It was learned that the Atlanta Boxing Commission only sanctioned Weber as a promoter, and that a city ordinance only gave the commission the authority to accept or reject a bout, but no voice in venue assignments. Within a month of the court ruling, Atlanta Mayor James L. Key disbanded the commission. During Keyís last year in office, he was accused in a scandal where it was alleged he spent only an hour in the office each day. It should be noted that the controversial Key was largely responsible for the remodeling of the Municipal Auditorium in the 1930s.
The commission resurfaced again after Key lost his bid for a fifth term to William B. Hartsfield (for whom the Atlanta airport was later named). These historical references to commission involvement do not seem to be in the worked sense prevalent in modern wrestling.
Programs from the late 1940s acknowledge a "commission doctor" named Dr. Samuel Green. It would appear that this physician was supplied and funded by the commission as opposed to the promoter. References to commission doctors continue throughout the 1950s and 1960s.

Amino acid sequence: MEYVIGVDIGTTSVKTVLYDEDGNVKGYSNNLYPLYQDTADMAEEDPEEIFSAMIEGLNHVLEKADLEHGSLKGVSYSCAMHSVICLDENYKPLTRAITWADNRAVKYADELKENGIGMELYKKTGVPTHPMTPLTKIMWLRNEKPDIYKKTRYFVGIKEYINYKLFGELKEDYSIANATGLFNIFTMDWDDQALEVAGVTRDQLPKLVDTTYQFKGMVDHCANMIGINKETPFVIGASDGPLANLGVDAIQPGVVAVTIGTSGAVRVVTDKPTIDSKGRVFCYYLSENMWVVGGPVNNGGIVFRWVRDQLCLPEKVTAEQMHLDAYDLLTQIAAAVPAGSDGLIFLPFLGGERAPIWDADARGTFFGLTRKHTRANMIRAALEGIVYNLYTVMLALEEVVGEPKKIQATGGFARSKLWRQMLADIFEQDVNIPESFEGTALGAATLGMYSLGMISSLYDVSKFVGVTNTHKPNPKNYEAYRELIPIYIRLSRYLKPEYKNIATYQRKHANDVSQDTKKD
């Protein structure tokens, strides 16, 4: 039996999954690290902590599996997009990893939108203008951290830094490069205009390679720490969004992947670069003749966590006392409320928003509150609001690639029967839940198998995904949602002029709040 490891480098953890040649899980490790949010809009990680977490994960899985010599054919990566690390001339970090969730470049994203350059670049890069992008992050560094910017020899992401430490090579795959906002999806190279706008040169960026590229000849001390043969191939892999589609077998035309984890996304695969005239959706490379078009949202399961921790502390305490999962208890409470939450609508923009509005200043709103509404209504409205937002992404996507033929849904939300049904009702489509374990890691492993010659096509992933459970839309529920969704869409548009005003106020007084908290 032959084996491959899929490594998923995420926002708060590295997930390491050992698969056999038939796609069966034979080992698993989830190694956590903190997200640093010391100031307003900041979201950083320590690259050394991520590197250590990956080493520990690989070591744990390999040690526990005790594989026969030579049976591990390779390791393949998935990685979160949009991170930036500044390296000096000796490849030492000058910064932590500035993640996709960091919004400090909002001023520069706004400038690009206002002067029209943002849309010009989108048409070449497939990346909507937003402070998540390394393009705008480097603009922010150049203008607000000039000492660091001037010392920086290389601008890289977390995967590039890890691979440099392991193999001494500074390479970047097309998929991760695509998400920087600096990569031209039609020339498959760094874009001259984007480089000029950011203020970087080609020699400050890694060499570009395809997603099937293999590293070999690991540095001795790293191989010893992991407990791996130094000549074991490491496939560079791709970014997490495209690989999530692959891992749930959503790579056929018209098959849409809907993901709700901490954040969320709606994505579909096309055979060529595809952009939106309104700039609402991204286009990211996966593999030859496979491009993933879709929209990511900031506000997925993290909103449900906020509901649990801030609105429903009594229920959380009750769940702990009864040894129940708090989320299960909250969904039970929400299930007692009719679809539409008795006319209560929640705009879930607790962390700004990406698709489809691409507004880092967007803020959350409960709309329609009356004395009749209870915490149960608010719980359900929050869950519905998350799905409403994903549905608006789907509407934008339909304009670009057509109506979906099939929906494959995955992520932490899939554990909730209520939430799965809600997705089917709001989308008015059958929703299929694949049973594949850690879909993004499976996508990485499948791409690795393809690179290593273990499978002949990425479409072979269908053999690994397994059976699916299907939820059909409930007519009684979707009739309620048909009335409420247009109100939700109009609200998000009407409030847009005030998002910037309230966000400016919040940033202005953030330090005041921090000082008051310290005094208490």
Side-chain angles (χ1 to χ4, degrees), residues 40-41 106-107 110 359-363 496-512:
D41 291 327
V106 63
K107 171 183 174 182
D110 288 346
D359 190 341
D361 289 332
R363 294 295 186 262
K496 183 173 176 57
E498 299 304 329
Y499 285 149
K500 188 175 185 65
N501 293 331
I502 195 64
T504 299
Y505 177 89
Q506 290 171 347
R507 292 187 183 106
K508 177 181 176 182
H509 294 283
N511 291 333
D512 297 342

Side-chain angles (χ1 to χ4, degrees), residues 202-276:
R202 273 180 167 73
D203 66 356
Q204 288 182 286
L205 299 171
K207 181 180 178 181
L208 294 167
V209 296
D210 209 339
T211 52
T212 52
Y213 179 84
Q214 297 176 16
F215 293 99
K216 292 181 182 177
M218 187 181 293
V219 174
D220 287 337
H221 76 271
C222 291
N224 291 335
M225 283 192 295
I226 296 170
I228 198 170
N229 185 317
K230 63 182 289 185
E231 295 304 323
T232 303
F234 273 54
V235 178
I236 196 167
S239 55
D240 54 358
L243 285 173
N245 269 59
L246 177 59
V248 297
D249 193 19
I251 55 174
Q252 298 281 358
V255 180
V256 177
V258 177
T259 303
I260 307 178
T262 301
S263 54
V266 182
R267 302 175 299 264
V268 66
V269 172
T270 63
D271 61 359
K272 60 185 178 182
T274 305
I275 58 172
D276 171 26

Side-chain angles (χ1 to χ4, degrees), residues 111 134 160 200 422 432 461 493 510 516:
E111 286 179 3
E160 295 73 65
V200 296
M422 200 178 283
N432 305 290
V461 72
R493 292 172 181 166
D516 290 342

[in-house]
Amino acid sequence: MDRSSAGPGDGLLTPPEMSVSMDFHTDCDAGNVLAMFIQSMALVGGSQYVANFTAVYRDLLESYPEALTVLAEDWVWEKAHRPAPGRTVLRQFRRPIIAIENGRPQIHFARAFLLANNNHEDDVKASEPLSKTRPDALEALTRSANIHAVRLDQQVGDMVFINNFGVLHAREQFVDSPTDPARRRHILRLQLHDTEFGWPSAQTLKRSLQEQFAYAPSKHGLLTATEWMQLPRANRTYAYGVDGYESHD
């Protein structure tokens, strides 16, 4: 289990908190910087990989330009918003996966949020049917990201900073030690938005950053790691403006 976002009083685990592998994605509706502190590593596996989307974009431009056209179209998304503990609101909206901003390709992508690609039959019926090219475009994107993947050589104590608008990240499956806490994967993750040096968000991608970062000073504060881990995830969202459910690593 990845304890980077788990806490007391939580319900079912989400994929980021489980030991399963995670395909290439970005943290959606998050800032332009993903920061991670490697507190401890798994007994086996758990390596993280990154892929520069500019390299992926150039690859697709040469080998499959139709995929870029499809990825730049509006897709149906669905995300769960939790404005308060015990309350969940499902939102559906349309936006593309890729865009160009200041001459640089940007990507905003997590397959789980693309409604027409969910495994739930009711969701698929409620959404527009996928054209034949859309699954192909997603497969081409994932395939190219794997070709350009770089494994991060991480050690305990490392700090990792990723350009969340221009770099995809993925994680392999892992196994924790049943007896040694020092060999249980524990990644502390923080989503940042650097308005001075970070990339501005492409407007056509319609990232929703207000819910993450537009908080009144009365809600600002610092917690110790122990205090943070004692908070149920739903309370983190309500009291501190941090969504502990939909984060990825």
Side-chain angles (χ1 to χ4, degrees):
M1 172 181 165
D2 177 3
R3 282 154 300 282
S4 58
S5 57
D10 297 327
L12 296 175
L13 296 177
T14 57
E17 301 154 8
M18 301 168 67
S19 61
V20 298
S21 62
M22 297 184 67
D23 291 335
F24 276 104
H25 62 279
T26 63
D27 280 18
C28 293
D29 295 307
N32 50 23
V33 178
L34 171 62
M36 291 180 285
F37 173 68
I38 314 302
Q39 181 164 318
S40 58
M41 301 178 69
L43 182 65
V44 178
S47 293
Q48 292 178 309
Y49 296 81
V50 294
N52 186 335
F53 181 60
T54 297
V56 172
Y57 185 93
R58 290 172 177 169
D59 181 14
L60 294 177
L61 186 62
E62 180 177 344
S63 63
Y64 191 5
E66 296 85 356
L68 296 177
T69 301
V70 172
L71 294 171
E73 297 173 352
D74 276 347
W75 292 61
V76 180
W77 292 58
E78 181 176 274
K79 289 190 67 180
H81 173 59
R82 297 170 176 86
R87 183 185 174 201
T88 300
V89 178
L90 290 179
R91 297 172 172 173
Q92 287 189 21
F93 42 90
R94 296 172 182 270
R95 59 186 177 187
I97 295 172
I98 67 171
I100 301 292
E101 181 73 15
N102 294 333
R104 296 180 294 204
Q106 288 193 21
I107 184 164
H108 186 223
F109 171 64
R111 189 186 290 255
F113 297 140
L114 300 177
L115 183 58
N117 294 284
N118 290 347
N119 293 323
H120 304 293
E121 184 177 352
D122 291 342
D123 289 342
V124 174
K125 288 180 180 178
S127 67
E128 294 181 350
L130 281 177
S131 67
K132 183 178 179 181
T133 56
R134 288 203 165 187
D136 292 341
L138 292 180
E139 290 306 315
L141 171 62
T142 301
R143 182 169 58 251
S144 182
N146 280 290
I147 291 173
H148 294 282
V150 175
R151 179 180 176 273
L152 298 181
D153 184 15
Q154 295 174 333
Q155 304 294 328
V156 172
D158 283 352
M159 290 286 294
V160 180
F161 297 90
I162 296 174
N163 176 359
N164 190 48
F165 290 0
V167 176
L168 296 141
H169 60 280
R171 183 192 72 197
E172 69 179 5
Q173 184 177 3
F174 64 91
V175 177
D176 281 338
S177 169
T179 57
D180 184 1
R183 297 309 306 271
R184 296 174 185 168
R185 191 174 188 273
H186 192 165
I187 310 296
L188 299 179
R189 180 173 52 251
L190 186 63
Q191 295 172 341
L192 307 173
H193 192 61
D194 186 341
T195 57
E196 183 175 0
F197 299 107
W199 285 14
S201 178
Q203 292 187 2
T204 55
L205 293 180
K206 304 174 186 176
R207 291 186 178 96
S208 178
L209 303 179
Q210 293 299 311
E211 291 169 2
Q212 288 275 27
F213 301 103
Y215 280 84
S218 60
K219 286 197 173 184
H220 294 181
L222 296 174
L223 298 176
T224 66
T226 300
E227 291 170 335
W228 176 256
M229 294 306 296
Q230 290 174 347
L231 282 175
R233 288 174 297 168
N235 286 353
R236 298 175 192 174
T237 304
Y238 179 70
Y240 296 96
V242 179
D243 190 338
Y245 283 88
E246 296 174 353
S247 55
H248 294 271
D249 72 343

We found no record of commission activity in the late 1960s and early 1970s. However, by the mid 1970s, wrestlers and referees Ė but not promotions or promoters Ė were required to have a license. They were required to have an annual physical in order to receive the license, at which time they paid a $5.00 fee.
As best as we could determine, all of the above reference to regulation of Georgia wrestling were limited to the city of Atlanta.
Georgia was the last state to have a boxing commission. In 1970, Muhammad Ali was granted a license to box in Georgia because it was the only state in America without one. We were unable to determine precisely when the State Boxing Commission came into being.
In any case, the State Boxing Commission morphed into the GAEC on July 1, 2001, when House Bill 538 was enacted into law. Georgia had become a battleground for the acceptance of Mixed Martial Arts, which would have been banned by the original version of HB 538. The final version outlawed "unarmed combat" and allowed MMA shows, so long as they were sanctioned by the International Sports Combat Federation.
The billís sponsor, State Representative Alan Powell, also included the first attempt at state regulation of pro wrestling, but Dusty Rhodes, who was operating Turnbuckle Championship Wrestling at the time, and Bill Behrens of NWA Wildside fought those proposals, and the Senate voted against their inclusion in the final bill.